Very much like the American way of things to presume the world revolves around all things American, many Nigerians also falsely presume Afropop is primarily set around its Nigerian firebrands. In retrospect, years of domination of the continent’s sound by some of the most successful Nigerian musicians of their era (think: 2face, Dbanj and recently Davido and Wizkid) has probably played a huge role in skewering the narrative in this direction. But it would be a shame if music anthropologists talk popular African music without mentioning the divergent and equally relevant success of South African Afropop.
Looking through history, the works of Brenda Fassie, Hugh Masekela , Miriam Makeba and Lucky Dube among others, are testaments to the success and cultural impact of South African music. These days, to speak of the biggest acts in South Africa, conversations will have to circle around the likes of Nasty C, AKA, Casper N’yovest and Simphiwe Dana amongst others whose work have set them in the same running class as their superstar African counterparts.
Mafikizolo however is a step further. The group is not only one of Africa’s longest/surviving bands (20 years and going, as at their last release), they’ve also succeeded in recently organically crossing over into the continental market, most notably with 2013’s “Khona”, a tribute track to a late band mate.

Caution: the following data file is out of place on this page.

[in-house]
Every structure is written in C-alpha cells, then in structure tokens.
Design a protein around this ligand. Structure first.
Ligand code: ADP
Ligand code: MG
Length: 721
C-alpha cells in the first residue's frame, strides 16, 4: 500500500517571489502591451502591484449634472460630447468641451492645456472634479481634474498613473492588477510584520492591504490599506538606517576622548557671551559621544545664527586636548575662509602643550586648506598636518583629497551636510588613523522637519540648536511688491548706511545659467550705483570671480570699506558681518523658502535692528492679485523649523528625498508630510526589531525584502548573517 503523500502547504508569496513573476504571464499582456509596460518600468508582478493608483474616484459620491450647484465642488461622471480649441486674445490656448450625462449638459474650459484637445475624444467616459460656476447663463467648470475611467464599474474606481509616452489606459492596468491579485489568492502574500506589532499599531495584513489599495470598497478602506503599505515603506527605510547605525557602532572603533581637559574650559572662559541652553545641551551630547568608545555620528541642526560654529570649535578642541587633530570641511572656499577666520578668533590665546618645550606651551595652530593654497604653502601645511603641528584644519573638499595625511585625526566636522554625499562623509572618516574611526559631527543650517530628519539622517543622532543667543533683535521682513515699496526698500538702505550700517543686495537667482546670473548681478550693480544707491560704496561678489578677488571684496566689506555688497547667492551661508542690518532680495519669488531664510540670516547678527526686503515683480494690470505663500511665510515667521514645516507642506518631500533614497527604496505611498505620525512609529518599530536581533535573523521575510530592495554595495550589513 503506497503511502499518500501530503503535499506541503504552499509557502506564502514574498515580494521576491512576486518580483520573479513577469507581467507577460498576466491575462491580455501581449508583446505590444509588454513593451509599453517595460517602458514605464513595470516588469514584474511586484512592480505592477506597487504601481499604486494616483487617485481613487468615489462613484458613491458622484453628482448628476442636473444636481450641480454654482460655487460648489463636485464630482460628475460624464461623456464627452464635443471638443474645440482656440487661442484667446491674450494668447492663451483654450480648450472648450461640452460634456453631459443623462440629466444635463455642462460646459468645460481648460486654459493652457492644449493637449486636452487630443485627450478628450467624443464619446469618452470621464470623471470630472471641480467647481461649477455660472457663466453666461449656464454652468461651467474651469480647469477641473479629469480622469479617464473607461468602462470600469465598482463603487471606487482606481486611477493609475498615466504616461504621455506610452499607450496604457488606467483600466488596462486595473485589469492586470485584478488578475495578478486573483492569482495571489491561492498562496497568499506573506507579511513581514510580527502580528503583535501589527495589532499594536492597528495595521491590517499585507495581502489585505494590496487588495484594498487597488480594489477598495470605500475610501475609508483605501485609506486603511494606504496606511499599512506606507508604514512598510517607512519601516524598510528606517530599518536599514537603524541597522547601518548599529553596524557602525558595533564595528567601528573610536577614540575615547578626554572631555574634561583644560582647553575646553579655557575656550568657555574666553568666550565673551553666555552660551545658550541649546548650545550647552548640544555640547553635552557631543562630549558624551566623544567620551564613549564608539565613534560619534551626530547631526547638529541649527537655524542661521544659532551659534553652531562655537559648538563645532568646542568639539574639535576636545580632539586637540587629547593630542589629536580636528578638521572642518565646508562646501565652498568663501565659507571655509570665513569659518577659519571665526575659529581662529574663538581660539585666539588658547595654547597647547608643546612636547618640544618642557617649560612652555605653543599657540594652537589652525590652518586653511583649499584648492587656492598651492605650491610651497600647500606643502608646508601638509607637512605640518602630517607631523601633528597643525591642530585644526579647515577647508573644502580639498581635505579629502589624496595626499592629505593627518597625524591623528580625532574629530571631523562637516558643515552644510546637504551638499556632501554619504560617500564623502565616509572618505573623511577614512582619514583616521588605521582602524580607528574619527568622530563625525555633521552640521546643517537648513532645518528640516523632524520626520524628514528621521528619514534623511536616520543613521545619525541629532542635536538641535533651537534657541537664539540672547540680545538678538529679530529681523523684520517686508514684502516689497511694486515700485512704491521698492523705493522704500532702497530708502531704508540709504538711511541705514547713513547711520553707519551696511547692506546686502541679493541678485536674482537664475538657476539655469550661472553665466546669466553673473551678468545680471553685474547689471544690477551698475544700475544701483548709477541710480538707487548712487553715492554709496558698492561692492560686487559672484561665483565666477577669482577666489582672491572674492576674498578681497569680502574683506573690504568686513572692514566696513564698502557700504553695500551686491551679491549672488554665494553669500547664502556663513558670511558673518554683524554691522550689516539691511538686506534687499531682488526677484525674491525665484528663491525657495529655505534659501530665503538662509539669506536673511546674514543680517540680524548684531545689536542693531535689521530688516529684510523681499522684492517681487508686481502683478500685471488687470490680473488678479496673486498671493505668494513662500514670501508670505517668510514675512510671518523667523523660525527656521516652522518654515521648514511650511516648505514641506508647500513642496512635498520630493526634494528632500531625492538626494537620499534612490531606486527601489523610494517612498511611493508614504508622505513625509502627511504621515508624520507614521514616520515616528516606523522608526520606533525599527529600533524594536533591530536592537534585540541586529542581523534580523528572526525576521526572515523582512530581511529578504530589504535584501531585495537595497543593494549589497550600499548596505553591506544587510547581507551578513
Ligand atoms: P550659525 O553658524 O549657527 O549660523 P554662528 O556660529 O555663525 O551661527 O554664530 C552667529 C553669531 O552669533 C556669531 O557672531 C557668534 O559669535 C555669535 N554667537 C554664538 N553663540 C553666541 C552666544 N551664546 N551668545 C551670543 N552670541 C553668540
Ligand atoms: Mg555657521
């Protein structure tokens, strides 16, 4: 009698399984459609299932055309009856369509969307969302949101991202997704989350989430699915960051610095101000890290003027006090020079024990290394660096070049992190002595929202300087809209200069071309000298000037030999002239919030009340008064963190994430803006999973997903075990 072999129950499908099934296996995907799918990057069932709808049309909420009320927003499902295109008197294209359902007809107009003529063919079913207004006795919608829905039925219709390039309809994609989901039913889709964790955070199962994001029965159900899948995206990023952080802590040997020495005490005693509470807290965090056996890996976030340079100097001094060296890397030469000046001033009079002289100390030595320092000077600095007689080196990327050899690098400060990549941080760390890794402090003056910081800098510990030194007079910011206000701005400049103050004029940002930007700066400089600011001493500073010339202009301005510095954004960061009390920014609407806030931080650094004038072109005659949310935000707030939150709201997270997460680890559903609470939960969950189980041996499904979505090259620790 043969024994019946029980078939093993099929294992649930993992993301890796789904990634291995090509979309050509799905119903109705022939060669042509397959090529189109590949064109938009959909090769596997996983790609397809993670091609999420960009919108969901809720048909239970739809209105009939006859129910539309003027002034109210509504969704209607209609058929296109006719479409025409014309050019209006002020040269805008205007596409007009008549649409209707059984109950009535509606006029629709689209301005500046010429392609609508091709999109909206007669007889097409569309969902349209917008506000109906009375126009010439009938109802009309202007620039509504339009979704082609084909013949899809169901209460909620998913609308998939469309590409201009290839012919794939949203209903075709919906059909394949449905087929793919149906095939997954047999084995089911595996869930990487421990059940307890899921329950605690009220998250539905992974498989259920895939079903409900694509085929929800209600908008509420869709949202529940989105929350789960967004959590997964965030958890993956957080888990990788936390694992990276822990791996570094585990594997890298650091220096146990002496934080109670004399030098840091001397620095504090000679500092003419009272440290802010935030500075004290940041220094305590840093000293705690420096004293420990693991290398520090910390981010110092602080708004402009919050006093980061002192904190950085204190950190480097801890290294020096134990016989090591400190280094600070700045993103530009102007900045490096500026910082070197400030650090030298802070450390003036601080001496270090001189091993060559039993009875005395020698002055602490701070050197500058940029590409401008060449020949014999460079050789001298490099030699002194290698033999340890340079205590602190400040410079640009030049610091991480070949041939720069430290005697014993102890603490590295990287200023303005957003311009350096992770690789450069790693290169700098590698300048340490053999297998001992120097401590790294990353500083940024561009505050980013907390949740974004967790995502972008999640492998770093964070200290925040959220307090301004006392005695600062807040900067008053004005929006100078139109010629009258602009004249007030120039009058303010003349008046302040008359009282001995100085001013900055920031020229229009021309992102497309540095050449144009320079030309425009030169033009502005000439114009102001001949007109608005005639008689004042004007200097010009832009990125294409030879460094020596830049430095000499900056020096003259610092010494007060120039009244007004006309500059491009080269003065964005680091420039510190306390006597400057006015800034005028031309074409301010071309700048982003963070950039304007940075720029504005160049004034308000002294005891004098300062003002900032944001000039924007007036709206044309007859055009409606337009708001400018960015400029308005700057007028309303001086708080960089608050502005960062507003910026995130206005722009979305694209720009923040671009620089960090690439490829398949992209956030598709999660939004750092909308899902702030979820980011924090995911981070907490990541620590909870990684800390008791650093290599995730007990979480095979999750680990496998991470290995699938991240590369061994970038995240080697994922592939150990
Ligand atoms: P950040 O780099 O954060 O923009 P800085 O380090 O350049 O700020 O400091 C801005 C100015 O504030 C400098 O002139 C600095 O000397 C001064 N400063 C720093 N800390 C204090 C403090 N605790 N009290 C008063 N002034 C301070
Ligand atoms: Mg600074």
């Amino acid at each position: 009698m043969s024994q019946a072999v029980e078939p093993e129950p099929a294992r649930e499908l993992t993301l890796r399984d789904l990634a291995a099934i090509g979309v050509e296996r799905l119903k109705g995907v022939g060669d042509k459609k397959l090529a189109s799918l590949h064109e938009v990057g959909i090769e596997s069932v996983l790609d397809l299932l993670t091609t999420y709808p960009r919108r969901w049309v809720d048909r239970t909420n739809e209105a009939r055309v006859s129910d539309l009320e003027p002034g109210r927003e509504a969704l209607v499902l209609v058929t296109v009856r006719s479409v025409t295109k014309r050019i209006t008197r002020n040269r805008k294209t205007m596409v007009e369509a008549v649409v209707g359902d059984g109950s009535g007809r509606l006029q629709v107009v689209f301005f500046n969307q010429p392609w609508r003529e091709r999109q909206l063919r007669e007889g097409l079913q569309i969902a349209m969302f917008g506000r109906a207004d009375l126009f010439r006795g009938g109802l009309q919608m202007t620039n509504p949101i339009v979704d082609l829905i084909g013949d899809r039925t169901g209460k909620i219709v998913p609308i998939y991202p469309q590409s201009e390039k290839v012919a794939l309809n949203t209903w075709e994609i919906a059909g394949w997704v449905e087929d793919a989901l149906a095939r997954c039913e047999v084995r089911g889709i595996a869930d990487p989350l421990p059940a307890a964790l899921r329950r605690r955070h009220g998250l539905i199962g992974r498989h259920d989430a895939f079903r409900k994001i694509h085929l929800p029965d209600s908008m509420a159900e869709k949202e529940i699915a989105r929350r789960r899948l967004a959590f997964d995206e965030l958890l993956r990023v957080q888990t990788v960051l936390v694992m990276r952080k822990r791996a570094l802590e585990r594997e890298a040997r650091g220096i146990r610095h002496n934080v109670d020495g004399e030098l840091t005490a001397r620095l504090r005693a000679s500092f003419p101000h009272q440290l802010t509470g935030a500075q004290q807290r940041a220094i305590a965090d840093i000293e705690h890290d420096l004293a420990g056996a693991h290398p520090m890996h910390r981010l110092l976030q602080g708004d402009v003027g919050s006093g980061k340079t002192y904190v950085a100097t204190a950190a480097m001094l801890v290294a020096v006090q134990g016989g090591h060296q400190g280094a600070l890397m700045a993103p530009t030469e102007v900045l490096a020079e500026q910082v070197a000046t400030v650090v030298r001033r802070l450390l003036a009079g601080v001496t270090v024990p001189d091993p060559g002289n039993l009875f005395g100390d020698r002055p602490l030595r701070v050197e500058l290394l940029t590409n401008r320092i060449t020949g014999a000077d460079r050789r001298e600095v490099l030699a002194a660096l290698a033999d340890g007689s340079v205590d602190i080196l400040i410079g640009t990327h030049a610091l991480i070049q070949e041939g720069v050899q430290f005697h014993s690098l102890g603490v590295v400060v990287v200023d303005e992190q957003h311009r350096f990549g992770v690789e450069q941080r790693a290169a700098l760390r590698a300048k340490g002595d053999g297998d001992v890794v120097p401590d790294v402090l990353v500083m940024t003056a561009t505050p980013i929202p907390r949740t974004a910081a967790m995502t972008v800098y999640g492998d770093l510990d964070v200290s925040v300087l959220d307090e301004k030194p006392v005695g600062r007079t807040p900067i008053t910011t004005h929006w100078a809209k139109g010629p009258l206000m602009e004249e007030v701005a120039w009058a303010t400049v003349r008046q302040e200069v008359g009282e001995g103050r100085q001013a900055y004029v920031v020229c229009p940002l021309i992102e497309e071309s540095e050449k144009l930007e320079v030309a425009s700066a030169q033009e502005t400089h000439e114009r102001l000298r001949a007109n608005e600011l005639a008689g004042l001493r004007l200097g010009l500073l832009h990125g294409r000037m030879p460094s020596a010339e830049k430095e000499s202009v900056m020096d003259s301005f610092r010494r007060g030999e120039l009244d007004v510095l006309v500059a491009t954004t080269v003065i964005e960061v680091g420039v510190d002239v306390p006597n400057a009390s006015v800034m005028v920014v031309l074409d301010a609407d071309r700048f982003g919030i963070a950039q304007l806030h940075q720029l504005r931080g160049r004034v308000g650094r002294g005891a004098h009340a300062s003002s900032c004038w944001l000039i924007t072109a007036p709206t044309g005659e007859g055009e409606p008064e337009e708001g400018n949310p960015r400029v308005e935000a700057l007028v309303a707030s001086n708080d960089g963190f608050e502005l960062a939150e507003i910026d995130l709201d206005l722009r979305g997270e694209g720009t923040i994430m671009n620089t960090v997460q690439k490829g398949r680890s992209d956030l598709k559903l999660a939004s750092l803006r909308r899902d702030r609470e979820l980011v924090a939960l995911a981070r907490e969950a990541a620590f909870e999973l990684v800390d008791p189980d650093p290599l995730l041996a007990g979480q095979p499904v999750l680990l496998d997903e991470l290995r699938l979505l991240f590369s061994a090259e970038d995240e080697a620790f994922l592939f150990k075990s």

“Khona” remains one of the biggest songs in the continent. The years since its release also earmarked the beginning of Nigerian collaborations with producer, Uhuru, who is still largely benefiting from Nigerian Afropop’s penchant for genre-blending. Perhaps seeing this as a potential opportunity for expansion, Mafikizolo has also dabbled into collaborations, working with May D “Happiness”, Davido “Tchelete” and most recently working with producer, MasterKraft on “Love Potion” the first single off their anticipated album 20, in honor of two decades in the game.
“O fana nawe” the second single off 20 has been released and this track also produced by MasterKraft and DJ Maphorisa features “Mama Africa” Yemi Alade. Interestingly, Yemi Alade has also been on a rather Pan African trail, with collaborations and alternate Swahili and French covers of her own tracks, so it makes sense that her latest appearance is on a Mafikizolo single and album. In anticipation for 20 Mafikizolo is no doubt bridging the gap between the divergent but cumulative successes of progressive African music.
Listen to “O fana nawe” below.
“Ifunanya is too queer to live and too rare to die” Tweet at her @Iphynaya